Let me give you a perfect example of this. A child that is taught not to use bad words is much more likely to home in on the occasional slip of a bad word that they may hear from a parent or other adult’s mouth. While bullying doesn’t always involve the use of bad language, it can call names, discriminate, ignore, tease and make fun, which alienates, hurts, and can ultimately lead to serious consequences. Accidentally muttering a “bad word” in front of a child is not necessarily a contributor to bullying. But, the circumstances surrounding it, could be.

There was a mother who was running late to take her daughter to a doctor’s appointment. After hitting nearly every red light, she ended up behind a driver that was going slightly under the speed limit. After glancing down at the car’s clock and becoming even more frustrated, the mother exclaimed, “Hurry up, you idiot!” A few minutes later, when the car finally turned out of the way and the mother saw the driver was a different nationality, she added, “That figures. It looks like she just moved to the U.S. She obviously wasn’t taught how to drive right.” This was not the kind of behavior that the mother normally demonstrated in front of her daughter, which is probably what made it stand out even more so. But, because the mother did not own up and apologize for this outburst, she was mistakenly setting an example to her daughter that stereotyping and name calling is acceptable.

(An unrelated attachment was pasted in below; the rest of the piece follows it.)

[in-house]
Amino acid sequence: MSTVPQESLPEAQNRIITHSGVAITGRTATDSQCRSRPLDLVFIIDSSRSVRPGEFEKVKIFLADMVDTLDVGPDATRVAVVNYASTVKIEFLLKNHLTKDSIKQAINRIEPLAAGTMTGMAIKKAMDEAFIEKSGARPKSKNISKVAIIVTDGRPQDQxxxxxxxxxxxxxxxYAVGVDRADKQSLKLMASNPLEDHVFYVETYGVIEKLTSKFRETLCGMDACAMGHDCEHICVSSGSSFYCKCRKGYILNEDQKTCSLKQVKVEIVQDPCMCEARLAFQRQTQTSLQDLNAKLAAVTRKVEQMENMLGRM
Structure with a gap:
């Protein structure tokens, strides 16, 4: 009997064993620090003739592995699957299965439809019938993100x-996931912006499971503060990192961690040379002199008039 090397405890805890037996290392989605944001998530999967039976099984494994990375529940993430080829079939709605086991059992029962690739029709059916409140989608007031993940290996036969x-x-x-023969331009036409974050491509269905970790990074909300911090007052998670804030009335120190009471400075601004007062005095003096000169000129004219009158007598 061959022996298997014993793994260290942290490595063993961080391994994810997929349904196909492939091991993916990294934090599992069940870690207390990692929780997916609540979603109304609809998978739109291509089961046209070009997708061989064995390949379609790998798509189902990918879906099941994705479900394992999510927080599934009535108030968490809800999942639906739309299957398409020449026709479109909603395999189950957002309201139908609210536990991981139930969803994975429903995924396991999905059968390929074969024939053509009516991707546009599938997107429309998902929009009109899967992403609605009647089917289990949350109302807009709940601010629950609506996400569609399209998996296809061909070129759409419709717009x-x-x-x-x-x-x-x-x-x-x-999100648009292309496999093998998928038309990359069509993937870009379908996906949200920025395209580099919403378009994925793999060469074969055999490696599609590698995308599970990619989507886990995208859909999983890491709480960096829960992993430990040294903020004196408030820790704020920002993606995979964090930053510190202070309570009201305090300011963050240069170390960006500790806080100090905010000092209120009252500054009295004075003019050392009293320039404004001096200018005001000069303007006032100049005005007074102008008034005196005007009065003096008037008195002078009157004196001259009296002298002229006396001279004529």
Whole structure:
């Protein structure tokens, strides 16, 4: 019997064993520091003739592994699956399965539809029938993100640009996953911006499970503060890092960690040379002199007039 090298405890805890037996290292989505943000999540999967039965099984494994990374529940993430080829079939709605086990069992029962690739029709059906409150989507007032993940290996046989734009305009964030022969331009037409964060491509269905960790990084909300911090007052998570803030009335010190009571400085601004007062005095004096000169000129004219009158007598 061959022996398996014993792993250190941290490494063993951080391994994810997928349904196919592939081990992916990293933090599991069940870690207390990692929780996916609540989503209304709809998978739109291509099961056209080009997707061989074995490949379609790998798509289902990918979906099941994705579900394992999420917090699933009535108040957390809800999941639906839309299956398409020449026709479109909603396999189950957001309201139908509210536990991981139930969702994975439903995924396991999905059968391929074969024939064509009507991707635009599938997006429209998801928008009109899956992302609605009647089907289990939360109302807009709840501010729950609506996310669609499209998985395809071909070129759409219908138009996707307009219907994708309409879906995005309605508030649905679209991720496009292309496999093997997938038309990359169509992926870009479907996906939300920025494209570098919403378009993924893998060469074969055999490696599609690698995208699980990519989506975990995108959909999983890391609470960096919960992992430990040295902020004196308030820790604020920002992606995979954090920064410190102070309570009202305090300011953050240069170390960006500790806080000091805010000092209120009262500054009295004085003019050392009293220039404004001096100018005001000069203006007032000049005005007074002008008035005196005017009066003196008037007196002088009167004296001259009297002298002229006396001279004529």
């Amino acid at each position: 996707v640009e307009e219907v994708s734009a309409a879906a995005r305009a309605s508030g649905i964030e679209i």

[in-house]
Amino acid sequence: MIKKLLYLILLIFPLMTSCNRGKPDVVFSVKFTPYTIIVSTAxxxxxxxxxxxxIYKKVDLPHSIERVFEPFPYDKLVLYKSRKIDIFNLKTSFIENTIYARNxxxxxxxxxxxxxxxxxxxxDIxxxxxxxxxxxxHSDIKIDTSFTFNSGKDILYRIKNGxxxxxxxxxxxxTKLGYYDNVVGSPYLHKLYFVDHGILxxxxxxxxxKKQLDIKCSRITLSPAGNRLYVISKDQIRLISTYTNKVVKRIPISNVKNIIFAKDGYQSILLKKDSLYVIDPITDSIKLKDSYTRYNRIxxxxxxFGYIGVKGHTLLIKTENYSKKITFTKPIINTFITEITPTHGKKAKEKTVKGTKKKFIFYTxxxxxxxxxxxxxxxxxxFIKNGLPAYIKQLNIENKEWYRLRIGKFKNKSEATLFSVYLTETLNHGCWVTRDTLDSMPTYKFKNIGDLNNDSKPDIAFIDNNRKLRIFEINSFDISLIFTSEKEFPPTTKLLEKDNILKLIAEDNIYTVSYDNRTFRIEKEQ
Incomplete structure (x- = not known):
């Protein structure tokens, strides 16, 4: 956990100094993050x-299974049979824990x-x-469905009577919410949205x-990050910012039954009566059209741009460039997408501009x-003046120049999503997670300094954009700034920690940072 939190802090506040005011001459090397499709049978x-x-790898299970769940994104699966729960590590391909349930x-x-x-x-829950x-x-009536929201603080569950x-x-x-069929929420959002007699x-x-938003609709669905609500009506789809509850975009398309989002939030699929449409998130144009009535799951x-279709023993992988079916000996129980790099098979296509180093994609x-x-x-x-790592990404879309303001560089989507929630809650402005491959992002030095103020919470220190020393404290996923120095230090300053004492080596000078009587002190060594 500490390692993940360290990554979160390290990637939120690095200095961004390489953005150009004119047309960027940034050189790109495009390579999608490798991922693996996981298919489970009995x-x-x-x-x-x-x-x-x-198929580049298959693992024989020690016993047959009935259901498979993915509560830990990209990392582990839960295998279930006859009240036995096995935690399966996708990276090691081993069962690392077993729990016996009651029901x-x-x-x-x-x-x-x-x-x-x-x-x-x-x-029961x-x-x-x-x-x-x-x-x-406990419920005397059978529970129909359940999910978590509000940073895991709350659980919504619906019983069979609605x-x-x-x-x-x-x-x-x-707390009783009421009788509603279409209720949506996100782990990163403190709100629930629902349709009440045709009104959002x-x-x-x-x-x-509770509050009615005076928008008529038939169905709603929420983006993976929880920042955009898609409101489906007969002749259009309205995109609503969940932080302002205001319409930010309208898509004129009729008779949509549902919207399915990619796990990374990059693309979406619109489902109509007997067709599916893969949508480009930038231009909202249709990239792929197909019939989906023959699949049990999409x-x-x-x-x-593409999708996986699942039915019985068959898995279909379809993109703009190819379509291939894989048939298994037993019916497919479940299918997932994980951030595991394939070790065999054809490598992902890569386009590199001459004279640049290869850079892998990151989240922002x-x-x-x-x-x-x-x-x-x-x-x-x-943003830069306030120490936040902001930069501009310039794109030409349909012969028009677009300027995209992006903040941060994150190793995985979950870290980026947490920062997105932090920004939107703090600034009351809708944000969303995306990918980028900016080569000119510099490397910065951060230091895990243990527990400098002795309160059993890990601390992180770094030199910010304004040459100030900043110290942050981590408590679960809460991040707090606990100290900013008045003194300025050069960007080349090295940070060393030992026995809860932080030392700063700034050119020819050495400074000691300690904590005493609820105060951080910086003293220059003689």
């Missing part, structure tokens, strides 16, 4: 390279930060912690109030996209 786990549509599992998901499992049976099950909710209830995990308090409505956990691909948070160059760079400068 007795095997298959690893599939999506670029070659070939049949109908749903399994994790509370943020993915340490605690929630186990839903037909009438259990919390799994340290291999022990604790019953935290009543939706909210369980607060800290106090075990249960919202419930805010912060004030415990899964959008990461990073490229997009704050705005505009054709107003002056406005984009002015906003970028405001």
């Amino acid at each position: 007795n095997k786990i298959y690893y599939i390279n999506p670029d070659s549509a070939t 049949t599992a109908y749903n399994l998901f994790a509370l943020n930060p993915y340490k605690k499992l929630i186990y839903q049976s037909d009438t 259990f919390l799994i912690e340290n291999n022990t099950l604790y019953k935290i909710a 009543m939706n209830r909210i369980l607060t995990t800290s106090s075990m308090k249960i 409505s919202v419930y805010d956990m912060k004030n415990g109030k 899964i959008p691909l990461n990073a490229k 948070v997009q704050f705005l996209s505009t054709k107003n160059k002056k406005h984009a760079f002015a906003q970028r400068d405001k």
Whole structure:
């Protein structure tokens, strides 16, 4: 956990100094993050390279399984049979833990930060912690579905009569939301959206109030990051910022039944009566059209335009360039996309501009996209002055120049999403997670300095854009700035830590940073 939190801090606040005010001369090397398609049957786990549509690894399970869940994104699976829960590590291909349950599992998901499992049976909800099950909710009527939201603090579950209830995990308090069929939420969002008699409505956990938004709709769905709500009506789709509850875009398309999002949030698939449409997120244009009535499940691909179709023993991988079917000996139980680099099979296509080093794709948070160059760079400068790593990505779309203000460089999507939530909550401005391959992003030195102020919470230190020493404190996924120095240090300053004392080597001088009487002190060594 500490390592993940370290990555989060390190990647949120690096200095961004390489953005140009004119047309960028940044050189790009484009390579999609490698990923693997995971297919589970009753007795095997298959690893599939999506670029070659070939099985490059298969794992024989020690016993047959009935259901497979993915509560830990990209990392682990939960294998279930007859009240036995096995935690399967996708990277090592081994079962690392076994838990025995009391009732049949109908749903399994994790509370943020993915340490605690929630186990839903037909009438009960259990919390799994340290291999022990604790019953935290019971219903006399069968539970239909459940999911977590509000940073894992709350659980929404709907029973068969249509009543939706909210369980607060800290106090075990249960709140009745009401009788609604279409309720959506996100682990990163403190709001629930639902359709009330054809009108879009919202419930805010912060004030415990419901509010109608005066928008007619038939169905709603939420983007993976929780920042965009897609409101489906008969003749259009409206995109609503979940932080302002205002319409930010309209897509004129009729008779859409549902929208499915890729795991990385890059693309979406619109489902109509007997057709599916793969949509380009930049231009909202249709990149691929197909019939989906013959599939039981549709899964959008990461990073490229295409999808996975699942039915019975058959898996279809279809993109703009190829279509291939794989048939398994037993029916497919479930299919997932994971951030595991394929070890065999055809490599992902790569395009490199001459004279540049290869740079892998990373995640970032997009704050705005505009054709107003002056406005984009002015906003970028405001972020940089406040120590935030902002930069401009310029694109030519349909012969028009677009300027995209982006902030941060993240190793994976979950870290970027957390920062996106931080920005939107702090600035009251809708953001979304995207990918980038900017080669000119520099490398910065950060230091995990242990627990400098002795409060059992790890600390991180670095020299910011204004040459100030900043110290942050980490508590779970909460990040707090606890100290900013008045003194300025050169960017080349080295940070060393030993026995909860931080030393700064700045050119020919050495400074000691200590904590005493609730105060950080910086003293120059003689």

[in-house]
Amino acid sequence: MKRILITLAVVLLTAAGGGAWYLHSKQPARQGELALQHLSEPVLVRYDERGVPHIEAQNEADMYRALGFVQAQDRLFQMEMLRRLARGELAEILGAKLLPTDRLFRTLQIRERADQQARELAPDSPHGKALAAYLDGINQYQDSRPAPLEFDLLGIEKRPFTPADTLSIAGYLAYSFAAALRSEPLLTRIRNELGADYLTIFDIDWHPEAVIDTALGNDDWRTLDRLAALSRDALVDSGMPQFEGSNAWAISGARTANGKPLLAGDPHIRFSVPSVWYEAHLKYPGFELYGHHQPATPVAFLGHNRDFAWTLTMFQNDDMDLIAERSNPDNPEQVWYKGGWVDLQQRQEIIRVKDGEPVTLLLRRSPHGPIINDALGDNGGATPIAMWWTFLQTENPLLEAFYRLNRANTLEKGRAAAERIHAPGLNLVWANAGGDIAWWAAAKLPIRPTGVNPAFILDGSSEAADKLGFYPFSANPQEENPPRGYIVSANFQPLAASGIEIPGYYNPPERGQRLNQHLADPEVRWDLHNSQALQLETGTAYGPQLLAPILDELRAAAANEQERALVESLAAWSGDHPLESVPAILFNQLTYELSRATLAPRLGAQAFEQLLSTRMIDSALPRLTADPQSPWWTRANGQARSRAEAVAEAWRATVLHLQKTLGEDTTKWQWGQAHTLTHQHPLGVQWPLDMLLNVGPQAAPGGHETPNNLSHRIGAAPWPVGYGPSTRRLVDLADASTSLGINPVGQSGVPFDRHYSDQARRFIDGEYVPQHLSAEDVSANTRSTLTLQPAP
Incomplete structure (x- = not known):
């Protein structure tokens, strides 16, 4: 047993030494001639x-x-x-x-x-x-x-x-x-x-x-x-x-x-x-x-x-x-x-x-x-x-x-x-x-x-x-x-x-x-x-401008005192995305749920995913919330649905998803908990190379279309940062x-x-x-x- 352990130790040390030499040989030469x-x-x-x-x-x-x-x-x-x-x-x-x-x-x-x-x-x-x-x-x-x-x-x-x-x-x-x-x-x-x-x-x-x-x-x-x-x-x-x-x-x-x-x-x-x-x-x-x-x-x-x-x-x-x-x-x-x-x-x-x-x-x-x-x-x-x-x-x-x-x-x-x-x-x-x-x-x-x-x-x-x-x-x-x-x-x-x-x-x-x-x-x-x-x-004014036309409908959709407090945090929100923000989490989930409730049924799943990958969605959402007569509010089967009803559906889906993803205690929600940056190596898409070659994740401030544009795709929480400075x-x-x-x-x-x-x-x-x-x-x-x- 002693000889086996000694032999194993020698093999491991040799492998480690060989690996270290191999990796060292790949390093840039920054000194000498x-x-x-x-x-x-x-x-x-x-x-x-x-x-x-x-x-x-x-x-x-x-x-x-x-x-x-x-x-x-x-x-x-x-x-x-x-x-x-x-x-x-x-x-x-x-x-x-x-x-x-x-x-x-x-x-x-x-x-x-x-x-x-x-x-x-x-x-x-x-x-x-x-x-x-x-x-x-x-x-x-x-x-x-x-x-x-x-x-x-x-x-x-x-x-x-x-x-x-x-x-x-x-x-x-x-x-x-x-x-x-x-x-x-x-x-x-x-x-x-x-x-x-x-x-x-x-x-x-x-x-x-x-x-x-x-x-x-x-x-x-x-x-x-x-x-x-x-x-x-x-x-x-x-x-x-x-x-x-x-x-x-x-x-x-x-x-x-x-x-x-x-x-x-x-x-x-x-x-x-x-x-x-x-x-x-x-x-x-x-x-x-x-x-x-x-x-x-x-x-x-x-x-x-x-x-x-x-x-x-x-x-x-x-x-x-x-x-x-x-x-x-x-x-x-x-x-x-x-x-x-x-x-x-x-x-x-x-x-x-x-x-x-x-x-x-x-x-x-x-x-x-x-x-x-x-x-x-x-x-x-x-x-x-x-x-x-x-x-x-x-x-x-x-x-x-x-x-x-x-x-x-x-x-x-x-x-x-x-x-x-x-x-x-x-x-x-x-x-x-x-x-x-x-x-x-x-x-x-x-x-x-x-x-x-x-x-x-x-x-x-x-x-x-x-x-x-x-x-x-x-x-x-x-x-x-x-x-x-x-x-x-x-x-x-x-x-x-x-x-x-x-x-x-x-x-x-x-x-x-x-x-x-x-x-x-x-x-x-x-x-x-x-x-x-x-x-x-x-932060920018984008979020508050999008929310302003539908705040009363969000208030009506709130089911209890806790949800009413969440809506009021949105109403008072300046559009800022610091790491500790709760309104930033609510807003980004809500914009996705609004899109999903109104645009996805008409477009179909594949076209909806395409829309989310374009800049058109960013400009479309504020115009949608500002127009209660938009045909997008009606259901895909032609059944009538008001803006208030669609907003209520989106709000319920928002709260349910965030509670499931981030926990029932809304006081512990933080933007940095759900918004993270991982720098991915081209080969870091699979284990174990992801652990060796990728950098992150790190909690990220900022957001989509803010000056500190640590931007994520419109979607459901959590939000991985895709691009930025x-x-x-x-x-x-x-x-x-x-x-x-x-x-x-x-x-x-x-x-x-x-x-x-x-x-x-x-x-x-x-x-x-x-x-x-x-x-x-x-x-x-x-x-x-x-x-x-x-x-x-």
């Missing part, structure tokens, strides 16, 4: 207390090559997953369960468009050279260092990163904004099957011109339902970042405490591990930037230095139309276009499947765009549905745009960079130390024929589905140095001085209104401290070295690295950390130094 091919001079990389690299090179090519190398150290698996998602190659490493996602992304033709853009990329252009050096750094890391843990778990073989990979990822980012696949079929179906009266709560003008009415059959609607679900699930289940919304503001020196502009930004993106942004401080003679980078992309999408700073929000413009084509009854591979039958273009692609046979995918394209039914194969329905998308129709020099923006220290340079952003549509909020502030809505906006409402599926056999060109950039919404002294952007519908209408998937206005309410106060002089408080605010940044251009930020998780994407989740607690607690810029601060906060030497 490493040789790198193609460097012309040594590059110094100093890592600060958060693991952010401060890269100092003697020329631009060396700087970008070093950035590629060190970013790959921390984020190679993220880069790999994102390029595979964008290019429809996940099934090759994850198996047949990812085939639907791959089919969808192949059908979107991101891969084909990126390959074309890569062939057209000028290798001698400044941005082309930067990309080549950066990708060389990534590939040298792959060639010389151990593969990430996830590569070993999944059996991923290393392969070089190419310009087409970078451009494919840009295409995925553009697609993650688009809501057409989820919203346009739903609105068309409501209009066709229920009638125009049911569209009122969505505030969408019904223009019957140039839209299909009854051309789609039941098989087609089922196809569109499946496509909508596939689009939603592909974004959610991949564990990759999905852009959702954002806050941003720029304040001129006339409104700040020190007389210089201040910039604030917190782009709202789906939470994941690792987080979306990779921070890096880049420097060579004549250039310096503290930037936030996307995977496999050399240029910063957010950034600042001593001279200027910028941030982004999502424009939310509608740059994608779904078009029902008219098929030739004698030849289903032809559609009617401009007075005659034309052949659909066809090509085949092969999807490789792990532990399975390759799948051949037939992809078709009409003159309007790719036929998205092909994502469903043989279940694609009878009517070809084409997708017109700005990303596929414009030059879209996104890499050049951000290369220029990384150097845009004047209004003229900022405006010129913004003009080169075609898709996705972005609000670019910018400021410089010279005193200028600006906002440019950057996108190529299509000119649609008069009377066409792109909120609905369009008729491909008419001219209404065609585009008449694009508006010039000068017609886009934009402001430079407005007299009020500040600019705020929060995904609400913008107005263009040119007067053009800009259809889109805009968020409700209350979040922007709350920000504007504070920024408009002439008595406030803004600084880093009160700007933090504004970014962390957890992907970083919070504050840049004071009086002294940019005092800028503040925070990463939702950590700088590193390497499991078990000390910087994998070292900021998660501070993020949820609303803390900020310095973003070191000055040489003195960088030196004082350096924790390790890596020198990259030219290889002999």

If we’re not careful, we can become bullies with (or in front of) our own kids.

No one wants their kids to be the victims of bullying, nor should they want them to be the bullies. But, if we’re not careful, we can be bullies to own kids – especially when we’re trying to address an issue during a time that we feel angry.

Regardless of why you’re angry or who you’re angry with, you should try to “cool off” before addressing an issue with or in front of your kids. There are many examples of this:

  • If you find out that your own child has been a victim of bullying, wait until you feel calm before talking to your child after bullying. If you try to discuss during anger, you may find yourself inadvertently blaming your child for putting themselves in that situation or speaking inappropriately (name calling, etc.) about the bullies.